In the same osteoarthritis model, MnL4, continuously infused by an osmotic pump (chronic administration), increases the pain threshold and ameliorates tibiotarsal joint histopathological parameters. Moreover, in blood samples obtained at the same stage of joint degenerative changes, the SOD mimetic compound prevents the significant, TNF-α increase induced by MIA and reduces protein carbonylation. The proinflammatory cytokine, TNF-α, is a critical mediator in osteoarthritis and rheumatic disease. Its serum level is linearly related to disease activity clinical score in patients with rheumatoid arthritis, and it has been proposed as clinical marker of this pathology [43]. TNF-α upregulation is a consequence of NFκB nuclear translocation which can be due to the ROS-activated intracellular signaling cascade [44]. Carbonylation of proteins is an irreversible oxidative damage. Carbonyl groups are introduced into protein side chains by a site-specific mechanism often leading to a loss of protein function. It is considered a widespread indicator of severe oxidative damage and disease-derived protein dysfunction [45]; its increase has been described in the plasma of human subject affected by systemic rheumatic diseases [46].

CFA-induced inflammatory arthritis in rats presents similar features to rheumatoid arthritis [27]. CFA-induced inflammatory arthritis starts between the 3rd and 7th days after inoculation; at this time, the pain threshold is significantly decreased [47], while sensory neuron firing is increased [48] leading to changes in gene expression and sensitization of the nervous system. These functional alterations contribute to the pain associated with joint injuries [49]. Seven days after CFA injection, 15 mg kg−1 MnL4, acutely administered before the behavioral tests, increases the pain threshold for at least 45 min and prevents the hind limb weight bearing alterations whereas the scaffold congener of MnL4 is totally ineffective.

Since acute inflammation occurs at the initial stage of articular diseases, we tested MnL4 in carrageenan-induced paw acute edema. In this condition, 30 min after administration, MnL4 enhances the pain threshold, decreasing mechanical hypersensitivity by about 50%. However, the effectiveness of MnL4 in this model is short lasting. At the same dosage (15 mg kg−1), the well-known anti-inflammatory NSAIDs ibuprofen and diclofenac are ineffective, being their anti-inflammatory activity observed at higher dosages (100 mg kg−1) currently used in animal tests [18, 19].

Many of the effects of MnL4 are in agreement with the antioxidant property of the compound [15, 16]: accumulating evidence indicates that the production of ROS is increased in the nociceptive system during persistent inflammatory and neuropathic pain [50]. Since ROS have also been implicated in chondrocyte degeneration and death [4], we tested MnL4 activity against the oxidative stress induced by in isolated human chondrocytes. According to previous data of our laboratory on reproducibility and effectiveness of RAW 264-7 in producing after fMLP stimulation [15], we coincubated human chondrocytes with RAW 264-7. This experimental condition simulates an ROS attack on chondrocytes by infiltrating inflammatory cells. MnL4 at can totally prevent lipid peroxidation, suggesting an important contribution to joint protection.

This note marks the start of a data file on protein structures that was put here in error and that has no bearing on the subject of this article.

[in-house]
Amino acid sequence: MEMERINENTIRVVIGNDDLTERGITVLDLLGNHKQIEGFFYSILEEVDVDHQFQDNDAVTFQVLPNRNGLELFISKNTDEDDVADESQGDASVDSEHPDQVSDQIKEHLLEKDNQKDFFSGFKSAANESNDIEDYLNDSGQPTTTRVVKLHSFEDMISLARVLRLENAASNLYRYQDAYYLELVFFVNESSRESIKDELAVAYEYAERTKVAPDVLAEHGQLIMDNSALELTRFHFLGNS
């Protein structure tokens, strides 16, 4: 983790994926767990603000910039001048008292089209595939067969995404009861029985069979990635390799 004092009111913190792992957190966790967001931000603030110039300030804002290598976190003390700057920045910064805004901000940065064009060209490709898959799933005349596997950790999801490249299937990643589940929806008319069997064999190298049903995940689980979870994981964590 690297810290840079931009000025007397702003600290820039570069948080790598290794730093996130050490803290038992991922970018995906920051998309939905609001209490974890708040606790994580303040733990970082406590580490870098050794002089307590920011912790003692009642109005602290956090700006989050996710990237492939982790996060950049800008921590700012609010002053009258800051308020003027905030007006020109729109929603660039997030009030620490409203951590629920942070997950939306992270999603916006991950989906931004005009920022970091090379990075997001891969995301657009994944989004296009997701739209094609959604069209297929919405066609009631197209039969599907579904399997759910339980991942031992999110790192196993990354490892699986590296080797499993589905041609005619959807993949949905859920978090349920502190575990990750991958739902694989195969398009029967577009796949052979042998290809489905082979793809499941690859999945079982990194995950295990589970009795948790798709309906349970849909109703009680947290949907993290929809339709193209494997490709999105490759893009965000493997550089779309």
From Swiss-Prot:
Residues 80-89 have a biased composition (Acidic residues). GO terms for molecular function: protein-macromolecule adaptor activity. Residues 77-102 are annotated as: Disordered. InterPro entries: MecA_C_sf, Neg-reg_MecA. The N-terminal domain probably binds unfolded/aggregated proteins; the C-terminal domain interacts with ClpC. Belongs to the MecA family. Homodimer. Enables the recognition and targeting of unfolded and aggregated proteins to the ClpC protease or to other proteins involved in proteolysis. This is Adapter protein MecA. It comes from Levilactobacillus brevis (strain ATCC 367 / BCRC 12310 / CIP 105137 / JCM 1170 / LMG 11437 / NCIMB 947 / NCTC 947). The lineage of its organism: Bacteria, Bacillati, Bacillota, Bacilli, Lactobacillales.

In conclusion, MnL4 behaves as a potent pain reliever compound both in arthritis models and, to a lesser extent, in acute inflammation. This effect is not related to a direct inhibition of cyclooxygenase enzymes as already described [15] but, conceivably, related to the SOD mimetic property of the molecule as also demonstrated on HCs. The mechanism by which MnL4 acts after chronic and acute administration may be somewhat different. Namely, chronically administered MnL4 may prevent tissue degenerative alterations induced by the oxidative stress and reduce a persistent inflammatory pain via a direct antioxidant mechanism; while in acute administration, it may decrease the nociceptive nervous fiber activation induced by the local production of ROS [28, 50]. Given these properties and the low toxicity of the molecule, MnL4 is a novel compound potentially suited for the treatment of inflammatory and neuropathic pain.

Disclosure

The authors declare that they have no financial competing interests. Dr. Daniele Bani is recipient of a Grant from General Project for studies on biomedical devices, not related with the current investigation. Financial support for the research was obtained from the Italian Ministry of Scientific Research, University of Florence, and F.I.R.M.O. Fondazione Raffaella Becagli (to Maria Luisa Brandi). Barbara Valtancoli gratefully acknowledges the financial contribution from Ente Cassa di Risparmio di Firenze.

Authors’ Contribution

Lorenzo Di Cesare Mannelli carried out the in vivo experiments. Daniele Bani and Miriam Cantore performed tissue histology. Andrea Bencini and Barbara Valtancoli prepared and purified HL4 and MnL4. Miriam Cantore and Anna Maria Carossino performed in vitro experiments on cells. Maria Luisa Brandi and Carla Ghelardini participated in the design of the study and helped to draft the paper. Paola Failli conceived of the study, planned its design, and drafted the paper. All authors read and approved the final paper.

Acknowledgments

The authors thank Dr. Eng. Moreno Naldoni (General Project Srl., Montespertoli, Italy) for kindly providing MnL4 as a gift and Mrs. Mary Forrest for English revision.